As I will be discussing on this blog, notions of good and bad are used extensively in relation to women’s photographic practice, in a way of controlling other – unrelated – behaviours. Selfies are a particularly good example of this distinction between acceptable and not, with numerous web galleries displaying the selfie ‘gone wrong’. ‘Wrongness’ in this context relates to a variety of factors, reflecting both technological unfamiliarity (taking the picture at the wrong moment, or from an unflattering angle) and a spoiled identity (depicted doing something unacceptable or unattractive to the viewer).
Although numerous oppositions exist (the ‘sexy’ selfie relying on the ‘unsexy’ selfie for definition, the ‘flattering’ selfie similarly requiring its less valued counterpoint), the archetypical ‘bad’ selfie exists at an intersection of ‘bad’ behaviour and perceived undesirability. This is the ‘bad mother selfie’, which comprises a self-taken image of a semi-nude woman (or in an otherwise revealing outfit or pose), where there is a child visible in the background. The child in these examples are not involved in or a feature of the woman’s pose – on the contrary, they appear as if by accident, and many appear oblivious or at least disinterested in the photograph being taken. The images, however, are held as evidence, and the viewer is asked to speculate on a situation in which they:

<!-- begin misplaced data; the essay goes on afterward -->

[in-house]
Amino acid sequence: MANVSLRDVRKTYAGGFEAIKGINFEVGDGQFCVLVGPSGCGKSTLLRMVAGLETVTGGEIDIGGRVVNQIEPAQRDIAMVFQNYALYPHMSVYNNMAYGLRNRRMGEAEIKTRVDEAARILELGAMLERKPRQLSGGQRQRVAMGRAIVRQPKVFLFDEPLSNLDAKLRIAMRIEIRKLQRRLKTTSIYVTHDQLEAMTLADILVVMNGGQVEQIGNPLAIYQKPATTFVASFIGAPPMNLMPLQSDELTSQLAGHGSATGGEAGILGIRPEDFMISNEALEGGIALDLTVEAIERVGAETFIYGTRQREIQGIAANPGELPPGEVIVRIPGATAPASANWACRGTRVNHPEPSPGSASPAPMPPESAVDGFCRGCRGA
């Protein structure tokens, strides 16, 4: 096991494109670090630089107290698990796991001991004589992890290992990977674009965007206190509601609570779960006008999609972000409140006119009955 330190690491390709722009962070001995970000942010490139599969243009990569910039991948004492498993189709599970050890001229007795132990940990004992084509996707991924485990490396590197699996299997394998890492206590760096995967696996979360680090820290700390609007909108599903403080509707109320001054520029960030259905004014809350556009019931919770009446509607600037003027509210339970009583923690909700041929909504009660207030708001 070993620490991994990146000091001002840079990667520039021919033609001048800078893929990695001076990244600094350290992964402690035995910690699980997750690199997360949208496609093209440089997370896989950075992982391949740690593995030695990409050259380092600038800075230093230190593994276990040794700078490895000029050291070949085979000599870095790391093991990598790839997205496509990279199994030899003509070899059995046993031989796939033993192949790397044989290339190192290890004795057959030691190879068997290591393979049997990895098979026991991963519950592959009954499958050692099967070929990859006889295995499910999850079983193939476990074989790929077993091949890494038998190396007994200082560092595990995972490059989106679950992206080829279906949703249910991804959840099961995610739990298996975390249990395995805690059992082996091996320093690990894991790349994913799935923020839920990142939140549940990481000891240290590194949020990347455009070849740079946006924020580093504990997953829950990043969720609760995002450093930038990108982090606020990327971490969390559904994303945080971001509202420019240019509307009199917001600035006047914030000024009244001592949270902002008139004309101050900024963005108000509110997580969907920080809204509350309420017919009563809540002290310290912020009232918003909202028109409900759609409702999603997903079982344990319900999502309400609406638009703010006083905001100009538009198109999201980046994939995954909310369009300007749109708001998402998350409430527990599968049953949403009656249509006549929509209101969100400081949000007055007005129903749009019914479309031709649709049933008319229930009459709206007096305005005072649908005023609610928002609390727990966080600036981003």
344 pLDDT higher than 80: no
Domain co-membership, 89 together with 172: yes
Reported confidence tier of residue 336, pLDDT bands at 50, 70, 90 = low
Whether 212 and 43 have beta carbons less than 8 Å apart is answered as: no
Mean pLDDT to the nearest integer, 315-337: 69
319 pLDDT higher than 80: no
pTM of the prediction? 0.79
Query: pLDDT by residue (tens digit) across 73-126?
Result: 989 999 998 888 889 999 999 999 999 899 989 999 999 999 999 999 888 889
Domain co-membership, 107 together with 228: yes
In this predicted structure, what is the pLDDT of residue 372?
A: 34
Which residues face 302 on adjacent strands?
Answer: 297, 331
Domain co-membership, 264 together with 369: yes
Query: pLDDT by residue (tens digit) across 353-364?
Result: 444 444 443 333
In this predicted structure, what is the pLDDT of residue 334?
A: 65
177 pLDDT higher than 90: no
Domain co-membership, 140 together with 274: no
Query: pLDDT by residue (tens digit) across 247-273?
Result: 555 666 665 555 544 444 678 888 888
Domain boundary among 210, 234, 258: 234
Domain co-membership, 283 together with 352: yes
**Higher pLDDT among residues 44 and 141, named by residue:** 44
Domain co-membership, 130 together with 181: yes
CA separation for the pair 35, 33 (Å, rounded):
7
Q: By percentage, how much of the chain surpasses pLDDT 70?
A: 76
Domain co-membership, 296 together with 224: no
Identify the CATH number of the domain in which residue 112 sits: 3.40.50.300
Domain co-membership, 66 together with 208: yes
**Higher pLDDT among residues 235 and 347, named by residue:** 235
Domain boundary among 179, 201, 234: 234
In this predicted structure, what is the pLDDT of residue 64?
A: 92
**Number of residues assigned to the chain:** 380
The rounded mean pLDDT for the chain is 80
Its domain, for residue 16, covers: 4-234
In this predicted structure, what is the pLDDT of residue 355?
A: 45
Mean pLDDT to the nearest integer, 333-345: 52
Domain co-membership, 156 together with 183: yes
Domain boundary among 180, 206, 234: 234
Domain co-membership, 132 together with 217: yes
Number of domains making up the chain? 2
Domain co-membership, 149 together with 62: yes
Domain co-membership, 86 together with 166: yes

discover old photos on the internet with you in them that confirm your mother was a slut and a half.[i]
Images of ‘bad mothers’ serve to shame the subjects, and act as ‘proof’ of deserving that shame, with the condemnation regulating women’s sexuality, and imposing ideas of ‘appropriateness’ in relation to women’s presentation of self.
Another attention whore 😄 now that she is not prego anymore, she doesnt get all the attention…so she does things like this (sic)[ii]
Fucking pathetic. Take care of you kid bitch and stop worrying about how hot you look in the mirror [iii]
This discipline is enacted not just on the women depicted, but also on the viewer, who is encouraged to be complicit in the policing of the boundaries between motherhood and sexuality.
The criticism to be found on sites such as Student Beans[iv] and EpicFail concerns a symbolic clash, between sexuality and children, which means that the viewer cannot respond to these images as ‘normal’ sexy selfies, therefore leading to criticising the subject for their ‘attention whoring’ and for setting a bad example.